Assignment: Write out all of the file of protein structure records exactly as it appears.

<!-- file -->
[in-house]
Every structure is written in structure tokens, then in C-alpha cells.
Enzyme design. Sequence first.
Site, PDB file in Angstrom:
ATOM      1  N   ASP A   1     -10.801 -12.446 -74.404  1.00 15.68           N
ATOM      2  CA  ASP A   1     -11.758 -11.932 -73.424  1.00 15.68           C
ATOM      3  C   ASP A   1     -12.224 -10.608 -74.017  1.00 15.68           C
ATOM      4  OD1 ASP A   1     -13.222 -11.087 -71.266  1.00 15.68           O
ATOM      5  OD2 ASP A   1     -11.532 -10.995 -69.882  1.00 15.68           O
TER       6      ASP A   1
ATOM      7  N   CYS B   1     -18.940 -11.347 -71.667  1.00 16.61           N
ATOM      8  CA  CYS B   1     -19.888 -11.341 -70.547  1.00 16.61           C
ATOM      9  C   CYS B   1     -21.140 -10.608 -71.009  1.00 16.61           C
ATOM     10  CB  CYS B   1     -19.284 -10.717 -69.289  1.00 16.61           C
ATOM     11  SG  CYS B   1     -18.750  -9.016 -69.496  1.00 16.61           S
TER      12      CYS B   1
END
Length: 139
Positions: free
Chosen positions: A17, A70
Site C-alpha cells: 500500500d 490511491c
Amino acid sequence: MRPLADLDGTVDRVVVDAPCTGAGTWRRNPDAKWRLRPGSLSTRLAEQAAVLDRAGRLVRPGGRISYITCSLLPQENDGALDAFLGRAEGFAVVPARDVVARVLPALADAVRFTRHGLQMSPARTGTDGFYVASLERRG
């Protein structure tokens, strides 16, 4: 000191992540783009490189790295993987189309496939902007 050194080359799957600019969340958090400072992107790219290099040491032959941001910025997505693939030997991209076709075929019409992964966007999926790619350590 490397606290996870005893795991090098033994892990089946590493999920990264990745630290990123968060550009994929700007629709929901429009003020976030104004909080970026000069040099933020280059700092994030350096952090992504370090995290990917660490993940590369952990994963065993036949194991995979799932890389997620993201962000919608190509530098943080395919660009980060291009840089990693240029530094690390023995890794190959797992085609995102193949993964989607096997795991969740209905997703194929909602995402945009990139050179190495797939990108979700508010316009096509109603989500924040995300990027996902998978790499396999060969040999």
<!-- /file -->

[in-house]
Every structure is written in structure tokens, then in C-alpha cells.
Enzyme design. Sequence first.
Site, PDB file in Angstrom:
ATOM      1  N   ASP A   1     -10.801 -12.446 -74.404  1.00 15.68           N
ATOM      2  CA  ASP A   1     -11.758 -11.932 -73.424  1.00 15.68           C
ATOM      3  C   ASP A   1     -12.224 -10.608 -74.017  1.00 15.68           C
ATOM      4  OD1 ASP A   1     -13.222 -11.087 -71.266  1.00 15.68           O
ATOM      5  OD2 ASP A   1     -11.532 -10.995 -69.882  1.00 15.68           O
TER       6      ASP A   1
ATOM      7  N   CYS B   1     -18.940 -11.347 -71.667  1.00 16.61           N
ATOM      8  CA  CYS B   1     -19.888 -11.341 -70.547  1.00 16.61           C
ATOM      9  C   CYS B   1     -21.140 -10.608 -71.009  1.00 16.61           C
ATOM     10  CB  CYS B   1     -19.284 -10.717 -69.289  1.00 16.61           C
ATOM     11  SG  CYS B   1     -18.750  -9.016 -69.496  1.00 16.61           S
TER      12      CYS B   1
END
Length: 139
Positions: free
Chosen positions: A17, A70
Site C-alpha cells: 500500500d 490511491c
Amino acid sequence: MRPLADLDGTVDRVVVDAPCTGAGTWRRNPDAKWRLRPGSLSTRLAEQAAVLDRAGRLVRPGGRISYITCSLLPQENDGALDAFLGRAEGFAVVPARDVVARVLPALADAVRFTRHGLQMSPARTGTDGFYVASLERRG
């Protein structure tokens, strides 16, 4: 000191992540783009490189790295993987189309496939902007 050194080359799957600019969340958090400072992107790219290099040491032959941001910025997505693939030997991209076709075929019409992964966007999926790619350590 490397606290996870005893795991090098033994892990089946590493999920990264990745630290990123968060550009994929700007629709929901429009003020976030104004909080970026000069040099933020280059700092994030350096952090992504370090995290990917660490993940590369952990994963065993036949194991995979799932890389997620993201962000919608190509530098943080395919660009980060291009840089990693240029530094690390023995890794190959797992085609995102193949993964989607096997795991969740209905997703194929909602995402945009990139050179190495797939990108979700508010316009096509109603989500924040995300990027996902998978790499396999060969040999």